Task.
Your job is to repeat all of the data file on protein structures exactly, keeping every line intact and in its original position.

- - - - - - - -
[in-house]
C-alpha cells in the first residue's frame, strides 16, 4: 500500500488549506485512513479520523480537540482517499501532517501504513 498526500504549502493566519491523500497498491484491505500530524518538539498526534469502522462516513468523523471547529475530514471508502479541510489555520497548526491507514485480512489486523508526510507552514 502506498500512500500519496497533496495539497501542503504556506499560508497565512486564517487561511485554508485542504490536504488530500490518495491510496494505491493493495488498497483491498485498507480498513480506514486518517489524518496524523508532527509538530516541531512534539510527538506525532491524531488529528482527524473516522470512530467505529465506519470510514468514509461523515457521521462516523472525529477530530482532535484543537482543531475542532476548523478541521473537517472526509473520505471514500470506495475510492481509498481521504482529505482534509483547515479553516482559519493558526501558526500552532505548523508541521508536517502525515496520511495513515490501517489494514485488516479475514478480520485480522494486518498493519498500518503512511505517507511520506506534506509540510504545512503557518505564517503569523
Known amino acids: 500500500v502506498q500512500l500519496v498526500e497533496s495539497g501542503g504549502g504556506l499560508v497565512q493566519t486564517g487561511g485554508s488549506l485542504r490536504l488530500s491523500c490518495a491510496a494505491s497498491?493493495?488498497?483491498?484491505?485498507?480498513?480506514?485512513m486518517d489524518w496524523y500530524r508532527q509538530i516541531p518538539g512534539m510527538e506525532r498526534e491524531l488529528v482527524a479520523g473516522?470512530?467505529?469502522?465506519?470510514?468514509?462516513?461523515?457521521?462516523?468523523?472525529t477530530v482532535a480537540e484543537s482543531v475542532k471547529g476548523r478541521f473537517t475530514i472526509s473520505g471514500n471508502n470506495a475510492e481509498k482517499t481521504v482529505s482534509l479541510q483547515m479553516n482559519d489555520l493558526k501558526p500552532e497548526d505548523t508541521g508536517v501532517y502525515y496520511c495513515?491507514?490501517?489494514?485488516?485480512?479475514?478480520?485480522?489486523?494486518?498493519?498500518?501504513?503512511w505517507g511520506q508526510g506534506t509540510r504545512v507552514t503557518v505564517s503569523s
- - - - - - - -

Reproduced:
[in-house]
C-alpha cells in the first residue's frame, strides 16, 4: 500500500488549506485512513479520523480537540482517499501532517501504513 498526500504549502493566519491523500497498491484491505500530524518538539498526534469502522462516513468523523471547529475530514471508502479541510489555520497548526491507514485480512489486523508526510507552514 502506498500512500500519496497533496495539497501542503504556506499560508497565512486564517487561511485554508485542504490536504488530500490518495491510496494505491493493495488498497483491498485498507480498513480506514486518517489524518496524523508532527509538530516541531512534539510527538506525532491524531488529528482527524473516522470512530467505529465506519470510514468514509461523515457521521462516523472525529477530530482532535484543537482543531475542532476548523478541521473537517472526509473520505471514500470506495475510492481509498481521504482529505482534509483547515479553516482559519493558526501558526500552532505548523508541521508536517502525515496520511495513515490501517489494514485488516479475514478480520485480522494486518498493519498500518503512511505517507511520506506534506509540510504545512503557518505564517503569523
Known amino acids: 500500500v502506498q500512500l500519496v498526500e497533496s495539497g501542503g504549502g504556506l499560508v497565512q493566519t486564517g487561511g485554508s488549506l485542504r490536504l488530500s491523500c490518495a491510496a494505491s497498491?493493495?488498497?483491498?484491505?485498507?480498513?480506514?485512513m486518517d489524518w496524523y500530524r508532527q509538530i516541531p518538539g512534539m510527538e506525532r498526534e491524531l488529528v482527524a479520523g473516522?470512530?467505529?469502522?465506519?470510514?468514509?462516513?461523515?457521521?462516523?468523523?472525529t477530530v482532535a480537540e484543537s482543531v475542532k471547529g476548523r478541521f473537517t475530514i472526509s473520505g471514500n471508502n470506495a475510492e481509498k482517499t481521504v482529505s482534509l479541510q483547515m479553516n482559519d489555520l493558526k501558526p500552532e497548526d505548523t508541521g508536517v501532517y502525515y496520511c495513515?491507514?490501517?489494514?485488516?485480512?479475514?478480520?485480522?489486523?494486518?498493519?498500518?501504513?503512511w505517507g511520506q508526510g506534506t509540510r504545512v507552514t503557518v505564517s503569523s